A 2018 survey wearing down American’s travel preferences found Denver-based Frontier Airlines toward underneath of the pack in terms of favorability, only beating out Spirit in a summary of eight airlines.
The State of American Travel survey, morning Consult released by research data company, found a lot more than 70 percent of surveyed participants were neutral when it found Frontier — the best neutral score from the bunch that included Southwest, American Airlines, Delta, United, Jet Blue, Spirit and alaska. 10 % of individuals had an unfavorable opinion of Frontier while 21 percent felt favorably concerning the company.
When asked how likely survey participants were to get something or service from the eight airlines, Frontier again came in seventh, with 22 percent saying these were unlikely to get, 54 percent saying they didn’t have an impression and 25 % saying these were more likely to purchase.
Southwest Airlines came in first in both survey questions.
in June among a national sample of 2
The poll was conducted,202 adults weighted to approximate a target sample predicated on age, ethnicity and race, gender, educational region and attainment.
Frontier Airlines wasn’t in a position to be reached for comment.
Survey aside, Frontier Airlines’ perception problems exceed their customers. Some Frontier Airlines employees aren’t happy with their company, either.
Pilots upset over too little progress in new labor contract negotiations rolled out a “mobile strike center” in Denver the other day, broadcasting on the vehicle’s side they &ldquo are;100% prepared to strike.”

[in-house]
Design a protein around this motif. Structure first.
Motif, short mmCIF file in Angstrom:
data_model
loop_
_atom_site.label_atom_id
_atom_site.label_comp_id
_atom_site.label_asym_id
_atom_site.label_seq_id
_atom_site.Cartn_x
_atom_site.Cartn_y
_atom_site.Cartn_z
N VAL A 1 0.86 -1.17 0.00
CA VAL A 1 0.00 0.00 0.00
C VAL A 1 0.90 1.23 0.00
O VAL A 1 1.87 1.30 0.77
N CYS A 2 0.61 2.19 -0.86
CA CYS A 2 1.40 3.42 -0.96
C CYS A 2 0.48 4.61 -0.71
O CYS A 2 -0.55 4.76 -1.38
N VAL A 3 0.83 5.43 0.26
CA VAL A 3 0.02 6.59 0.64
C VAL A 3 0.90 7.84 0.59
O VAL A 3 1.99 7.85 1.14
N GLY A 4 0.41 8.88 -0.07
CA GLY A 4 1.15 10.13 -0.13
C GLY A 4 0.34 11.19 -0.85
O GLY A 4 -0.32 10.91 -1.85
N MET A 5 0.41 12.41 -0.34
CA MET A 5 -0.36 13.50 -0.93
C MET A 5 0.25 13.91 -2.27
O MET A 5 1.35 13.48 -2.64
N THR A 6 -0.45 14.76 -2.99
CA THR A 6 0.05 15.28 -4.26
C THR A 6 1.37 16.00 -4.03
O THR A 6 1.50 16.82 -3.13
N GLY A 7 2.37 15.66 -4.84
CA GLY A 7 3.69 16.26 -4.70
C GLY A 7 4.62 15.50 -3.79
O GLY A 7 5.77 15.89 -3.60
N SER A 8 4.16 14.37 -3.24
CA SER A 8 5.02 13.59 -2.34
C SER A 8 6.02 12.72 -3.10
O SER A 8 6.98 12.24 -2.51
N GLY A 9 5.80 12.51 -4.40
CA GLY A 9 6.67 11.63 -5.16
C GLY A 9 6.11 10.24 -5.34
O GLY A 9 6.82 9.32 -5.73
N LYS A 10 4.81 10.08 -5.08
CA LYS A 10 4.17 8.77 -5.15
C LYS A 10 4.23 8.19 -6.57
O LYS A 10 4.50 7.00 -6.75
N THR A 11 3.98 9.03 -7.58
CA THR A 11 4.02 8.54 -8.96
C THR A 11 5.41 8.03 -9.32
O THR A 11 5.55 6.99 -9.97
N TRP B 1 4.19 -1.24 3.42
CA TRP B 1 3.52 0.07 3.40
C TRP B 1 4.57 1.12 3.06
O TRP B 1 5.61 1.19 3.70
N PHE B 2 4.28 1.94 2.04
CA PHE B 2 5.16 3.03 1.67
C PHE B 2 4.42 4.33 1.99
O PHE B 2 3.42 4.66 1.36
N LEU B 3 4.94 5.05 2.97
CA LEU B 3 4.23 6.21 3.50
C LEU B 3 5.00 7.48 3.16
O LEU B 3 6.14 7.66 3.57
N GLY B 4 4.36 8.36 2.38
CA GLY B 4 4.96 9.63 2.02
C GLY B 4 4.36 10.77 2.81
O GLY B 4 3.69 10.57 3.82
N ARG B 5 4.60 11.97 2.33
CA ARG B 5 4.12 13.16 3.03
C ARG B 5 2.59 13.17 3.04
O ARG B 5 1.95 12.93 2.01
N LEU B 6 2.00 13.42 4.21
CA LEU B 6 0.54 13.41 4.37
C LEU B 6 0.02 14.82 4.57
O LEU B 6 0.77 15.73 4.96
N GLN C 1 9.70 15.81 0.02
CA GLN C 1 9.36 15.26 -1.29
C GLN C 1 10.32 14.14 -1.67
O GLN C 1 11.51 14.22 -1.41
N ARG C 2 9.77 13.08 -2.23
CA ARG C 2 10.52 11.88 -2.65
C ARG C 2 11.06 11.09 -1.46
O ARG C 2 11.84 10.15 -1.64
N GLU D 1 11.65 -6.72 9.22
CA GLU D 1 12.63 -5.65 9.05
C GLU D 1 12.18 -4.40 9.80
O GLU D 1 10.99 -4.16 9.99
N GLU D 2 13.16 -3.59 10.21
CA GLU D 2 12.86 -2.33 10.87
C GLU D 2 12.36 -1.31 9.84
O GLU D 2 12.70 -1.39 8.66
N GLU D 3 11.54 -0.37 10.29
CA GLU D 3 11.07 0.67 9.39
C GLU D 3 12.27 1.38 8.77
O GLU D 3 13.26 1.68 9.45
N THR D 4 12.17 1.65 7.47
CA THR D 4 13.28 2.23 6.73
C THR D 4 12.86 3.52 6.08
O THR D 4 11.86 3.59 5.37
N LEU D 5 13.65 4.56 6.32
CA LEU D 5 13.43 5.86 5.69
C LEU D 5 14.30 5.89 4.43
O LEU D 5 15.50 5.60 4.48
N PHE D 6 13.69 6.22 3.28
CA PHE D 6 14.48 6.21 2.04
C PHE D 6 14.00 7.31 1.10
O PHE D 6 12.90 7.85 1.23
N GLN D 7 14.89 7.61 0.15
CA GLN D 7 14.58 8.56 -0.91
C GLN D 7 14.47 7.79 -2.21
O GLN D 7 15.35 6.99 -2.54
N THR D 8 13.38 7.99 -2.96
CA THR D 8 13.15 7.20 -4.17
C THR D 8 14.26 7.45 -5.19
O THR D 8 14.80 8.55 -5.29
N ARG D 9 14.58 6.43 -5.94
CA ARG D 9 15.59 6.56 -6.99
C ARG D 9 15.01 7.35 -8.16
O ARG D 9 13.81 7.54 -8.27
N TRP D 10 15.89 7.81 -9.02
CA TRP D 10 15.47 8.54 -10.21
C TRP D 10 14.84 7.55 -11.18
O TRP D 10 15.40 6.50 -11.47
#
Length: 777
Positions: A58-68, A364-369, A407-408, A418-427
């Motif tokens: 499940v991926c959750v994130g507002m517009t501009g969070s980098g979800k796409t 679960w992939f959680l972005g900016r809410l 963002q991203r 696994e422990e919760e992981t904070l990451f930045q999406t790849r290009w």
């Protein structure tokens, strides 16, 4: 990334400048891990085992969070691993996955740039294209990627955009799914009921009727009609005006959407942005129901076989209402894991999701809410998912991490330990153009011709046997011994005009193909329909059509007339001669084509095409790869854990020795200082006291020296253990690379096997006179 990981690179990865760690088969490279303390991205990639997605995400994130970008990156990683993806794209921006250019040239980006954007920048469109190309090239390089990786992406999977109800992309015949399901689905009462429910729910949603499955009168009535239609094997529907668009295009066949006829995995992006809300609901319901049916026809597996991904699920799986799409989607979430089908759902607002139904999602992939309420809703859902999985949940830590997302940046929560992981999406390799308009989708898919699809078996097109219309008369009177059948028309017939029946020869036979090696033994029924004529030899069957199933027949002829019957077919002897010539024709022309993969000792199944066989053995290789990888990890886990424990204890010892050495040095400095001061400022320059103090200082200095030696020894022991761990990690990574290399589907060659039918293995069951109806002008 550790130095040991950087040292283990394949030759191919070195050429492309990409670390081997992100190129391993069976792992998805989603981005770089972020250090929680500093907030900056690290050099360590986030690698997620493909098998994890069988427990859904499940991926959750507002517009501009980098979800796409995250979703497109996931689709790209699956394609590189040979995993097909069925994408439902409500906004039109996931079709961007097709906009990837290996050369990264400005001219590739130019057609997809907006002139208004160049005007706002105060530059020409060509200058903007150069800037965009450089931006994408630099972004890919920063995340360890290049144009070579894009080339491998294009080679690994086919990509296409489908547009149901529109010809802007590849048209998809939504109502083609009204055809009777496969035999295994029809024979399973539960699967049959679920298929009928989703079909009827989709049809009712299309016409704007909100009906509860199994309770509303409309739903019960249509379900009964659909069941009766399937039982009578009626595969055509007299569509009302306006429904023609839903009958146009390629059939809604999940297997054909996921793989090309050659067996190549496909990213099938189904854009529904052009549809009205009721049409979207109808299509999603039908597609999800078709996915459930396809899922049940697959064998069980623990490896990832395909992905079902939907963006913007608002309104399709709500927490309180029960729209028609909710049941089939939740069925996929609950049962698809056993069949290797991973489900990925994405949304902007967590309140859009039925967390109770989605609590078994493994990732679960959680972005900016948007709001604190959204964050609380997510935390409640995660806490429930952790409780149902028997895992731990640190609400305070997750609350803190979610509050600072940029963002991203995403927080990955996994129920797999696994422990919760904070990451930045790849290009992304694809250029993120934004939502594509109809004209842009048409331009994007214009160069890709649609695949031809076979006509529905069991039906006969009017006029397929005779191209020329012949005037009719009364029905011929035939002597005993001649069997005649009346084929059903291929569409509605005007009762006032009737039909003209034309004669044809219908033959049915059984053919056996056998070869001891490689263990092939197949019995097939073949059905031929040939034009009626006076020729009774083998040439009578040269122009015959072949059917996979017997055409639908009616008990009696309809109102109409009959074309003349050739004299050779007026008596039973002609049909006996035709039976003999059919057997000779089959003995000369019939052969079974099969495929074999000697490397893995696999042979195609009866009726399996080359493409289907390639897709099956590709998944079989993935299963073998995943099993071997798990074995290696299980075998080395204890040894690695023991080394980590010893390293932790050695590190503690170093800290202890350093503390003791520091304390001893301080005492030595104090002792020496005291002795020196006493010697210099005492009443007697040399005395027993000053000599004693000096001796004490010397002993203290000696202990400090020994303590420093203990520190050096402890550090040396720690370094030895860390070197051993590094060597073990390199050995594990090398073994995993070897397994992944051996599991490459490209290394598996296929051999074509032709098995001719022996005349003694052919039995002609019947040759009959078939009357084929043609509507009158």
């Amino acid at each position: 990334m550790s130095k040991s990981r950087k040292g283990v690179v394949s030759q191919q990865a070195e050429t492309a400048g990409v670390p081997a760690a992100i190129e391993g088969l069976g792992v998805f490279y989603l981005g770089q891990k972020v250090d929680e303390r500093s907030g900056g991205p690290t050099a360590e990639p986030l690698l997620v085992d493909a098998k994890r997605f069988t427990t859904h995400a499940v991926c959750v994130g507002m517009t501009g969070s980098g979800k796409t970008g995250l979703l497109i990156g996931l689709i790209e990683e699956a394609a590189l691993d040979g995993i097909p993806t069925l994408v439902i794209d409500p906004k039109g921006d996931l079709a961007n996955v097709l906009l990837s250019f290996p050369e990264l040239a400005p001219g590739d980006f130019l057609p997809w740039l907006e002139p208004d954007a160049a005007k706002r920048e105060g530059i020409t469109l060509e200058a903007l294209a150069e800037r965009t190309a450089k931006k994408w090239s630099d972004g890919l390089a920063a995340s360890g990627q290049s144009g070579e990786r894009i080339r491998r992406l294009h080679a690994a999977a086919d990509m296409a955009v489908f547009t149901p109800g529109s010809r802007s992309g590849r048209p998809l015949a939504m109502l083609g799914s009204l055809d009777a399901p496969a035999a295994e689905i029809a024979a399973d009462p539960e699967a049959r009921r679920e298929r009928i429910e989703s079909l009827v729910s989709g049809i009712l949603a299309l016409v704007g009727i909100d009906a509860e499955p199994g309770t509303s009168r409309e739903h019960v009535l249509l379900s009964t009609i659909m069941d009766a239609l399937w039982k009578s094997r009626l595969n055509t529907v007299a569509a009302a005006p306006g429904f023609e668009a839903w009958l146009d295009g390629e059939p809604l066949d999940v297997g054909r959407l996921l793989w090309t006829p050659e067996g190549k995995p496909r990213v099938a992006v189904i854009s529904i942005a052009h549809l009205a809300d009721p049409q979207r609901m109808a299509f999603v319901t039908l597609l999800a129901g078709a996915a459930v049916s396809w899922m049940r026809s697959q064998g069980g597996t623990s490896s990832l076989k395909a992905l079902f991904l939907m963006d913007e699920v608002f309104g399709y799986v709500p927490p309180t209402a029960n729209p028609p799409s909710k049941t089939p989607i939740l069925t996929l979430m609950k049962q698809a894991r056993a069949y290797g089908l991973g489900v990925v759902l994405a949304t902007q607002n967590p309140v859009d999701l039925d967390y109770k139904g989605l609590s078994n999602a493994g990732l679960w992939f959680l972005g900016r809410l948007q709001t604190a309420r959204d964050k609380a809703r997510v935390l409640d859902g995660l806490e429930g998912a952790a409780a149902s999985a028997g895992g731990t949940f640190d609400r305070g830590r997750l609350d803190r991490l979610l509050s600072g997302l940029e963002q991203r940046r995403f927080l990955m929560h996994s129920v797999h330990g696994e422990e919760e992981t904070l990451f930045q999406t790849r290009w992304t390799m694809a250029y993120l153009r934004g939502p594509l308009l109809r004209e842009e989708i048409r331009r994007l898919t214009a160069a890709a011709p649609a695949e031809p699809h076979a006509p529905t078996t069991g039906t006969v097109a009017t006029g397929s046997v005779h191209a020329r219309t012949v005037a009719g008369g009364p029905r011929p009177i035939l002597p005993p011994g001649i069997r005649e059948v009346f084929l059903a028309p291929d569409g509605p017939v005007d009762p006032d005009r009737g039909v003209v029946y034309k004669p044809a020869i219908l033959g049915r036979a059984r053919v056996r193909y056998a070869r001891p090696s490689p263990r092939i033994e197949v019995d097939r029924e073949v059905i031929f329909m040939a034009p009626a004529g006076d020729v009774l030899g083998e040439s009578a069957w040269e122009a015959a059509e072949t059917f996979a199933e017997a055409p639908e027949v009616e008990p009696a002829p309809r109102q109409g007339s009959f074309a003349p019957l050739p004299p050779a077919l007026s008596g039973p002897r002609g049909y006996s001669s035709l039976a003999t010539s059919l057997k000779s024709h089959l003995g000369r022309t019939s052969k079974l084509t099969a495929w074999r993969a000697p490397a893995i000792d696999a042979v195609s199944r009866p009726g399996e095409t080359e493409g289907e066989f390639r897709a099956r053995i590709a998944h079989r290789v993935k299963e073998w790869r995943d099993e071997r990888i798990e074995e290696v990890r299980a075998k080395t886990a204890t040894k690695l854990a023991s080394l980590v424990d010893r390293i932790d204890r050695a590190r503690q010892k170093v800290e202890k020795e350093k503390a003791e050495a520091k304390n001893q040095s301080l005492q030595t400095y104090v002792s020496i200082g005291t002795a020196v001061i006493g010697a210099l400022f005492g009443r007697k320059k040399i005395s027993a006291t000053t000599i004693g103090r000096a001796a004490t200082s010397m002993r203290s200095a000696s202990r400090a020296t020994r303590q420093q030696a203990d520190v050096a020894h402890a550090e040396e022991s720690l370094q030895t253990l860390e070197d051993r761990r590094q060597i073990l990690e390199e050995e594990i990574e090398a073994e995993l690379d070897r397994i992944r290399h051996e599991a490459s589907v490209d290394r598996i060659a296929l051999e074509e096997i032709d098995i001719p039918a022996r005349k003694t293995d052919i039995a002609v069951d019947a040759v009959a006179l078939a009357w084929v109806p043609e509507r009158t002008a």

Pilots who constitute the leadership of Frontier’s unit of the Air Line Pilots Association labor union boarded the 37-foot-long camper while watching Denver City and County building. The camper, decked out with a bedroom-turned conference room with a TV tracking all Frontier planes, was dismissed as a ploy by the airline. Pilots who elect to walk off the working job can easily see on the television if the airline earns replacement crews to fly.
Pilots have made the case that their labor contract is unfair. They are in negotiations with airline management for just two years.
Frontier spokesman Richard Oliver wrote Wednesday within an email, “We continue being actively engaged in negotiations with this pilots for a fresh contract and also have exchanged several proposals beneath the guidance of the National Mediation Board.”
“We turn to working toward an agreement that’s fair forward, sustainable, and security for the collective future,” Oliver continued. “Frontier is disappointed that ALPA is resorting to publicity stunts than focusing its energy on negotiations rather.”